Not just for tailgates: Omaha’s cornhole scene growing in popularity SHARE THIS Facebook Twitter Email Print Save Not just for tailgates: Omaha’s cornhole scene growing in popularity

Mike Parks used to bring a few extra sets of bean bags for participants to use during his league-play cornhole games.

He still has those bags. But nobody needs them.

The players have all invested in their own.

It’s just one of many signs that the competition at Goldeez Bar in west Omaha has been heating up as cornhole’s popularity has increased.

Parks’ 24-team league — which is set for a summer start on Thursday — has a waiting list for entry. He knows of others in Omaha that do, too. He heard about a fundraising event at The SkyBox last summer that welcomed in 50 two-person teams.

“When I started, I think there were a couple of leagues and a few places ran tournaments,” Parks said. “But now, I’d say there are 15 or 16 leagues at different bars in Omaha. There’s always random tournaments every week. It’s crazy. It’s just really taken off.”

And in only about three years’ time, Parks said.

Cornhole is a game that nearly everyone has seen in backyards during cookouts and on parking lots during tailgates. But it’s so portable that bars and breweries have incorporated it into their marketing plans.

You can talk smack, drink a beer and maybe win some prize money. (Parks’ league pays out a total of $1,000 to the top finishers.)

The coronavirus pandemic stalled the momentum. But as restrictions have loosened at restaurants and bars, cornhole organizers are starting to resume their planning. And players are ready.

At Benson’s 1912 bar on June 25, a couple dozen cornhole players gathered on the rooftop to toss bags for about three hours. Eric Elixson was there competing, and he hosts his own casual cornhole mixer that he hopes to resume next month at Lucky Bucket Brewery. Elixson posts about local events on the American Cornhole League Omaha Facebook page as well.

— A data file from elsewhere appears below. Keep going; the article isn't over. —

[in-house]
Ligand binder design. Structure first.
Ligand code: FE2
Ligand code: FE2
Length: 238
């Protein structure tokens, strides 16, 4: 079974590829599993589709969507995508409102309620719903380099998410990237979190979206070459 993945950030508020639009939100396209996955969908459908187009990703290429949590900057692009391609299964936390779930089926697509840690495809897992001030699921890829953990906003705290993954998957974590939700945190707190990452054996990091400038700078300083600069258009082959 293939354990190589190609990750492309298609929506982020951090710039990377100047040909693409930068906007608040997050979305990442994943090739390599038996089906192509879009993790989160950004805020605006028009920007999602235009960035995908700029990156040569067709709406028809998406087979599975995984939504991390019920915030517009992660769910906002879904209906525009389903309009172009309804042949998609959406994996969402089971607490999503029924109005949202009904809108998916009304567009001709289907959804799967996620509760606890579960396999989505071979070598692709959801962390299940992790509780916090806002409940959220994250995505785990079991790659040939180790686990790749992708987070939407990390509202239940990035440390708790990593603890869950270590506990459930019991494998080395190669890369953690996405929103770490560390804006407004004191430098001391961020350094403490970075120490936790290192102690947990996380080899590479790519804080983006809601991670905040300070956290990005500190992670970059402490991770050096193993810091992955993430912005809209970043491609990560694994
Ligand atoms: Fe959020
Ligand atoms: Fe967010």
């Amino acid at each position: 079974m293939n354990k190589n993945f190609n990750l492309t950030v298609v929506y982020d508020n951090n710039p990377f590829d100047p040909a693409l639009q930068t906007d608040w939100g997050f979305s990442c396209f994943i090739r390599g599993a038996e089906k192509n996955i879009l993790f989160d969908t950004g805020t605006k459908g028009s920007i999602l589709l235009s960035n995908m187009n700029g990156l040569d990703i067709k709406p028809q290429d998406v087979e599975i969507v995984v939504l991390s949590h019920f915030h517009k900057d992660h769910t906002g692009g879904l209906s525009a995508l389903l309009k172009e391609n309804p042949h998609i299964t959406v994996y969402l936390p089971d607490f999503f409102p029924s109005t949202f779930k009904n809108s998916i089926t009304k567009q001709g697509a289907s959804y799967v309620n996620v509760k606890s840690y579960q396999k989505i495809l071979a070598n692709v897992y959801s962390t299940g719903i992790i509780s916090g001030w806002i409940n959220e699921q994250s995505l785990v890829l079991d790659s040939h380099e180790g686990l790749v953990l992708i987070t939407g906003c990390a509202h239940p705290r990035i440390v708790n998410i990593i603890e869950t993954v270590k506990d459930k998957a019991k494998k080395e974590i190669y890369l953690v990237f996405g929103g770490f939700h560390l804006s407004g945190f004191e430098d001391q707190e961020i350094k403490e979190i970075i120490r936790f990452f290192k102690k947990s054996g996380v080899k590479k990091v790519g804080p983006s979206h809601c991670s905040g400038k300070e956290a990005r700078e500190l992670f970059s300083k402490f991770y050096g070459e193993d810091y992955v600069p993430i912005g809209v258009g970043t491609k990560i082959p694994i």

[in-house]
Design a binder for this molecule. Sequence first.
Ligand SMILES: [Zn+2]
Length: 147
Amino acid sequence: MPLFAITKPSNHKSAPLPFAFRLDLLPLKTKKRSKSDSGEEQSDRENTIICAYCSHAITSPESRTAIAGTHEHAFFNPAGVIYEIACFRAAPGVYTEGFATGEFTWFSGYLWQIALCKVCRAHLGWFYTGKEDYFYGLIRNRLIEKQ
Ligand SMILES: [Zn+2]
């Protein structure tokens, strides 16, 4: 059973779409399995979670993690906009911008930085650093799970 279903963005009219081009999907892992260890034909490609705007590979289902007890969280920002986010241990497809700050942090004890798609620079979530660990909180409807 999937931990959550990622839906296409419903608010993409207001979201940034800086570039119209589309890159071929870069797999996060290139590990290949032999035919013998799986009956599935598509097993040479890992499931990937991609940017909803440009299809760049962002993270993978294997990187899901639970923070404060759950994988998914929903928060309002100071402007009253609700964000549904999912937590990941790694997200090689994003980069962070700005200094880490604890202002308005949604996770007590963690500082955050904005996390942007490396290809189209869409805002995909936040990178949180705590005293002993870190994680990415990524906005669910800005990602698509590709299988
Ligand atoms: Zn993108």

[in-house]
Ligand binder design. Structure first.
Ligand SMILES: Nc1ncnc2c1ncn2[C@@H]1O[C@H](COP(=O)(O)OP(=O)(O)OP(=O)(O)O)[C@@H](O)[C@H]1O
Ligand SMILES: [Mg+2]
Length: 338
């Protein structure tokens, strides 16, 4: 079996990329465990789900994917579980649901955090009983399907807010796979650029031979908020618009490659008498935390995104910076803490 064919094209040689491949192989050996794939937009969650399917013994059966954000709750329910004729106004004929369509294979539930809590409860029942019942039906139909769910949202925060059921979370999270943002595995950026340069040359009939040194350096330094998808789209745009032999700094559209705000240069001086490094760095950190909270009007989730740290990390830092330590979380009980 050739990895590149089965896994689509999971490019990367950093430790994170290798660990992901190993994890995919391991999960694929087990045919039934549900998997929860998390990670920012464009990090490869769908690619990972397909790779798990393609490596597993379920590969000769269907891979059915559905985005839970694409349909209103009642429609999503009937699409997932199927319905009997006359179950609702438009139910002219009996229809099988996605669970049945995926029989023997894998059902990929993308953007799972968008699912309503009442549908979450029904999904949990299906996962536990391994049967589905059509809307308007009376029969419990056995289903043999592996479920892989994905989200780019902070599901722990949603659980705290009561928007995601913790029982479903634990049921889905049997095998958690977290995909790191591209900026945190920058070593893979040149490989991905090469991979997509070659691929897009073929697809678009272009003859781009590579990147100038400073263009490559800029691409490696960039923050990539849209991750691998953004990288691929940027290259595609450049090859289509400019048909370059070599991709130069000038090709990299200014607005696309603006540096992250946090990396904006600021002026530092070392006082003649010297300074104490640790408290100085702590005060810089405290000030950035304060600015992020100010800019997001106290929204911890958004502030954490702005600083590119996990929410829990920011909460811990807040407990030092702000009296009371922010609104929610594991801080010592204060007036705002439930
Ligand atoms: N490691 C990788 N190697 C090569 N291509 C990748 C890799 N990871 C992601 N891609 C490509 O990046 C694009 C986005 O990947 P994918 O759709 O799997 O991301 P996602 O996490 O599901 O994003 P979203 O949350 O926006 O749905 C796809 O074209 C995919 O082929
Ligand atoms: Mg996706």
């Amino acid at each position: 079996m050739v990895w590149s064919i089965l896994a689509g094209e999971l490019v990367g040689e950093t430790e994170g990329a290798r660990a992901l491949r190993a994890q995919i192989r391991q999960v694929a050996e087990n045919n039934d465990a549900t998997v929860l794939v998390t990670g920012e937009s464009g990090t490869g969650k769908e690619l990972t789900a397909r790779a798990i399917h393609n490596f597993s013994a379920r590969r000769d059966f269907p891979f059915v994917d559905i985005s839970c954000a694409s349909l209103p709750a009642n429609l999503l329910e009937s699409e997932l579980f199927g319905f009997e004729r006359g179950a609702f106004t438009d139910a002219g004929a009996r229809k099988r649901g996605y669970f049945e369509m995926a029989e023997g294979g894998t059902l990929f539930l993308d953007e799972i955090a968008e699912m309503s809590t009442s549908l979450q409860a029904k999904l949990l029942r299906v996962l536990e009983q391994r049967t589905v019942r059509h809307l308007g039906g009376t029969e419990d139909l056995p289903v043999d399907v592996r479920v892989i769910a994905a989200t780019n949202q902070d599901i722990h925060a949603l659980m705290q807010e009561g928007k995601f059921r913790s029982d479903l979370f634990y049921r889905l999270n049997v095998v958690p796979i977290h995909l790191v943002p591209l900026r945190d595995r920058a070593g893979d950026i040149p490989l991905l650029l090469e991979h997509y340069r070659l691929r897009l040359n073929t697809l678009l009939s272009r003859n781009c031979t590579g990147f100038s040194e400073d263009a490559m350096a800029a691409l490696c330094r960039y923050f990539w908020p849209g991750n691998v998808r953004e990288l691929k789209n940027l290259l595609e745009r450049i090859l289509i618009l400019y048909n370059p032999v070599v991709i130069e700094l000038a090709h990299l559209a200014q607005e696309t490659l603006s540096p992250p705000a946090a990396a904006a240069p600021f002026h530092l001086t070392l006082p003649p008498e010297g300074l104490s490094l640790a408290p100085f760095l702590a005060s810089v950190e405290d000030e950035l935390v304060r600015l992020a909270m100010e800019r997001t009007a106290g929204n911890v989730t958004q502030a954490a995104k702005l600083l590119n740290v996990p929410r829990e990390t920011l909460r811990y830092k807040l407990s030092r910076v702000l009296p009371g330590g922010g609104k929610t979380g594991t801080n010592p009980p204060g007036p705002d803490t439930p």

David Case set up a tournament on June 24 at the Nebraska Brewing Company. He spent about a week putting it together and got 15 teams to join in for the competition.

Case is in charge of a newly formed league at the Inner Rail Food Hall in Aksarben. He runs the cornhole event at the Cornhusker State Games and set up a Facebook page, I-80 Cornhole, dedicated to updates on the latest happenings in the region.

“There’s no shortage of places to play,” Case said.

The first time Case tossed a bag competitively was at Parks’ league at Goldeez. Now he’s filling up his free time with the game. There are tons of stories like that, Parks said.

“It’s a lot of fun,” he said. “Think of a bowling league family. You know all the guys at the lanes and the alleys. It’s exactly the same.”

Parks has built databases to chart stats for his league. He uses a scheduling app to set matchups. He’s got a Facebook page running to update the week’s events.

Consider it a labor of love for Parks. He’s never been one to shy away from his passions. He’s the guy who started up a select baseball team for his kids because he thought the other options were too expensive. Suddenly, he was booking fields, searching for umpires and buying uniforms.

So setting up a local cornhole league? That’s nothing, Parks said.

Plus, he enjoys seeing others embrace this game.

“It’s great because anyone can play, at any age — you just have to stand there and throw a bean bag,” Parks said. “It really is a good time.”

Read Original Article